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Spring Semester 2016
Note: The highlighted event marks the next occurring event.
Date / Time | Speaker | Title | Location | |
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22 February 2016 11:00-11:45 |
Nadler Boaz Weizmann Institute of Science |
Unsupervised Ensemble Learning | HG G 19.1 | |
Abstract: Abstract: In various applications, one is given the advice or predictions of several classifiers of unknown reliability, over multiple questions or queries. This scenario is different from the standard supervised setting where classifier accuracy can be assessed from available labeled training or validation data, and raises several questions: given only the predictions of several classifiers of unknown accuracies, over a large set of unlabeled test data, is it possible to a) reliably rank them, and b) construct a meta-classifier more accurate than any individual classifier in the ensemble? In this talk we'll show that under various independence assumptions between classifier errors, this high dimensional data hides simple low dimensional structures. In particular, we'll present simple spectral methods to address the above questions, and derive new unsupervised spectral meta-learners. We'll prove these methods are asymptotically consistent when the model assumptions hold, and also present their empirical success on a variety of unsupervised learning problems. | ||||
4 March 2016 15:15-16:00 |
Ryan Tibshirani Carnegie Mellon University, USA |
Trend Filtering: Some Recent Advances and Challenges | HG G 19.1 | |
Abstract: I will discuss trend filtering, a newly proposed tool of Steidl et al. (2006), Kim et al. (2009) for nonparametric regression. The trend filtering estimate is defined as the minimizer of a penalized least squares criterion, in which the penalty term sums the absolute kth order discrete derivatives over the input points. I will give an overview of some interesting connections between these estimates and adaptive spline estimation, in particular, a connection to locally adaptive regression splines of Mammen and van de Geer (1997). If time permits, I will discuss some extensions of trend filtering, namely, to high-dimensional data and (separately) to graph-based data. I will also discuss some of the challenges I see in each of these settings. This represents joint work with Veeranjaneyulu Sadhanala, Yu-Xiang Wang, James Sharpnack, and Alex Smola. | ||||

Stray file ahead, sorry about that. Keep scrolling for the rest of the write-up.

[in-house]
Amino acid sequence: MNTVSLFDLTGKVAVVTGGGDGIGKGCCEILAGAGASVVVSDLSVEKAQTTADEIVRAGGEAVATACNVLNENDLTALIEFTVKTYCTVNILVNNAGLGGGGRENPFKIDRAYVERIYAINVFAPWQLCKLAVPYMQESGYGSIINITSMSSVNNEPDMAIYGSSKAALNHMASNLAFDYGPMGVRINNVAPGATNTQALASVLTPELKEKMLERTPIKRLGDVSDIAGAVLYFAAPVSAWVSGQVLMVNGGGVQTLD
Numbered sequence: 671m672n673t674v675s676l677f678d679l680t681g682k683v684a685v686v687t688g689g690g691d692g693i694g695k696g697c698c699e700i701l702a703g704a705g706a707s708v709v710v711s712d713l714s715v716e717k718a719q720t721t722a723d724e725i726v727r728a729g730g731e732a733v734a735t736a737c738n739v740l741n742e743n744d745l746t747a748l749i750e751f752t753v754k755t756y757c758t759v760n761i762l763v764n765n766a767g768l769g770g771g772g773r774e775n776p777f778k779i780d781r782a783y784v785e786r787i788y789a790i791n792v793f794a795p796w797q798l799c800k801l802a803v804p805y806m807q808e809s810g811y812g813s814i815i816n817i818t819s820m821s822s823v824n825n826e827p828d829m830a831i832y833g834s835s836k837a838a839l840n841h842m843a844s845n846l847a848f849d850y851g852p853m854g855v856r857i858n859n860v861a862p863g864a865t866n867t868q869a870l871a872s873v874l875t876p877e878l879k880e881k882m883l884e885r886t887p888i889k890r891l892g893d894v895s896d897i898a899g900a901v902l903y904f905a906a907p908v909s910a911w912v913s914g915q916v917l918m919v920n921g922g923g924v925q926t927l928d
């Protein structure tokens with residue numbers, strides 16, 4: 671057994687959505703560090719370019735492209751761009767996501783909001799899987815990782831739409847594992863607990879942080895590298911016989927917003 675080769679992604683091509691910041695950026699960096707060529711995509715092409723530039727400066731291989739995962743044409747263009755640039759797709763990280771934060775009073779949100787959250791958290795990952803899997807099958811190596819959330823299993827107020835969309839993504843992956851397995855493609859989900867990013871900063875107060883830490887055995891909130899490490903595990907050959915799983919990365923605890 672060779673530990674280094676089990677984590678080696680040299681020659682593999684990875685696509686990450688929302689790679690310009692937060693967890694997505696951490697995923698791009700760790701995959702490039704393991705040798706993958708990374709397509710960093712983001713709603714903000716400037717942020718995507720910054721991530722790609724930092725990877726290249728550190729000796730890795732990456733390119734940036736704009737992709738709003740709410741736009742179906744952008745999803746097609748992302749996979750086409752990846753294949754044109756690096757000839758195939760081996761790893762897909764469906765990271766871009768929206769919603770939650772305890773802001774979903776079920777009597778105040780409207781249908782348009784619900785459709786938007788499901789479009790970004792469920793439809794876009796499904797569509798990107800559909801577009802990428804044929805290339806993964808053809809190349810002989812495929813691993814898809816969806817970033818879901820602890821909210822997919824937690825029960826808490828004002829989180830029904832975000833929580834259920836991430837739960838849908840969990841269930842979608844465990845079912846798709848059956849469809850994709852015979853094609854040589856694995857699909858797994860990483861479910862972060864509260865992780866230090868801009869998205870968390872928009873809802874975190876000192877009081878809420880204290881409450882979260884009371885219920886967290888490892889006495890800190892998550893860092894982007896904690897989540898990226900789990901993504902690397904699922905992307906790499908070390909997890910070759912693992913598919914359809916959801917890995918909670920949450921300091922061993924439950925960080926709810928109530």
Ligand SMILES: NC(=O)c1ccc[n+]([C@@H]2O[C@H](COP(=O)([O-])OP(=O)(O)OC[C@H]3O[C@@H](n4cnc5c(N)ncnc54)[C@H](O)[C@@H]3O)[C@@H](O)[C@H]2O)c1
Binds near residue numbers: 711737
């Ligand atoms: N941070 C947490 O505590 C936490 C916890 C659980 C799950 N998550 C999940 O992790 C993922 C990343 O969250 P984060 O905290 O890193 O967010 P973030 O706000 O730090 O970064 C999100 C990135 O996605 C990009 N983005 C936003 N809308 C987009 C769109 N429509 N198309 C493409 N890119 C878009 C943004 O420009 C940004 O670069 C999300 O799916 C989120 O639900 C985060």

18 March 2016 15:15-16:00 |
Jonathan Rosenblatt |
Title T.B.A. | HG G 19.1 | |
8 April 2016 15:15-16:00 |
Rainer von Sachs Université catholique de Louvain |
Functional mixed effect models for spectra of subject-replicated time series | HG G 19.1 | |
Abstract: Abstract: In this work in progress we treat a functional mixed effects model in the setting of spectral analysis of subject-replicated time series data. We assume that the time series subjects share a common population spectral curve (functional fixed effect), additional to some random subject-specific deviation around this curve (functional random effects), which models the variability within the population. In contrast to existing work we allow this variability to be non-diagonal, i.e. there may exist explicit corre- lation between the different subjects in the population. To estimate the common population curve we project the subject-curves onto an appropriate orthonormal basis (such as a wavelet basis) and continue working in the coefficient domain instead of the functional domain. In a sampled data model, with discretely observed noisy subject-curves, the model in the co- efficient domain reduces to a finite-dimensional linear mixed model. This allows us, for estimation and prediction of the fixed and random effect coefficients, to apply both traditional linear mixed model meth- ods and, if necessary by the spatially variable nature of the spectral curves, work with some appropriate non-linear thresholding approach. We derive some theoretical properties of our methodology highlighting the influence of the correlation in the subject population. To illustrate the proposed functional mixed model, we show some examples using simulated time series data, and an analysis of empirical subject-replicated EEG data. We conclude with some possible extensions, among which we allow situations where the data show po- tential breakpoints in its second order (spectral) structure over time. The presented work is joint with Joris Chau (ISBA, UCL). | ||||
29 April 2016 15:15-16:00 |
Christian Brownless Universität Pompeu Fabra |
Title T.B.A. | HG G 19.1 | |
20 May 2016 15:15-16:00 |
Asger Lunde Aarhus University |
Title T.B.A. | HG G 19.1 |
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